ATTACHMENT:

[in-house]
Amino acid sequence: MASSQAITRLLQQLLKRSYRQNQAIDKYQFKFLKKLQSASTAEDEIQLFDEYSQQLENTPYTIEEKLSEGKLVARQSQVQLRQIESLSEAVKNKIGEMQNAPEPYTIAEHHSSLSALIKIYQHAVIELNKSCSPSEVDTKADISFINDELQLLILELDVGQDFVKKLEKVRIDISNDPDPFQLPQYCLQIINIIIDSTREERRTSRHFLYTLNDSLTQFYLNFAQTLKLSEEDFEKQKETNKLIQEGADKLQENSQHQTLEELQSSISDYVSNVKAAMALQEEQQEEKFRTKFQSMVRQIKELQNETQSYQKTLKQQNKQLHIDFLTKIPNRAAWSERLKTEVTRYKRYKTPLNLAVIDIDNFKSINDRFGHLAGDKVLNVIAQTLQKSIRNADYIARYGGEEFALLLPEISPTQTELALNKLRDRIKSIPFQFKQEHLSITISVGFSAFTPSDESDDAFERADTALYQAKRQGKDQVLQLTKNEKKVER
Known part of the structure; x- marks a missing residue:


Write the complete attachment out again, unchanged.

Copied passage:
[in-house]
Amino acid sequence: MASSQAITRLLQQLLKRSYRQNQAIDKYQFKFLKKLQSASTAEDEIQLFDEYSQQLENTPYTIEEKLSEGKLVARQSQVQLRQIESLSEAVKNKIGEMQNAPEPYTIAEHHSSLSALIKIYQHAVIELNKSCSPSEVDTKADISFINDELQLLILELDVGQDFVKKLEKVRIDISNDPDPFQLPQYCLQIINIIIDSTREERRTSRHFLYTLNDSLTQFYLNFAQTLKLSEEDFEKQKETNKLIQEGADKLQENSQHQTLEELQSSISDYVSNVKAAMALQEEQQEEKFRTKFQSMVRQIKELQNETQSYQKTLKQQNKQLHIDFLTKIPNRAAWSERLKTEVTRYKRYKTPLNLAVIDIDNFKSINDRFGHLAGDKVLNVIAQTLQKSIRNADYIARYGGEEFALLLPEISPTQTELALNKLRDRIKSIPFQFKQEHLSITISVGFSAFTPSDESDDAFERADTALYQAKRQGKDQVLQLTKNEKKVER
Known part of the structure; x- marks a missing residue: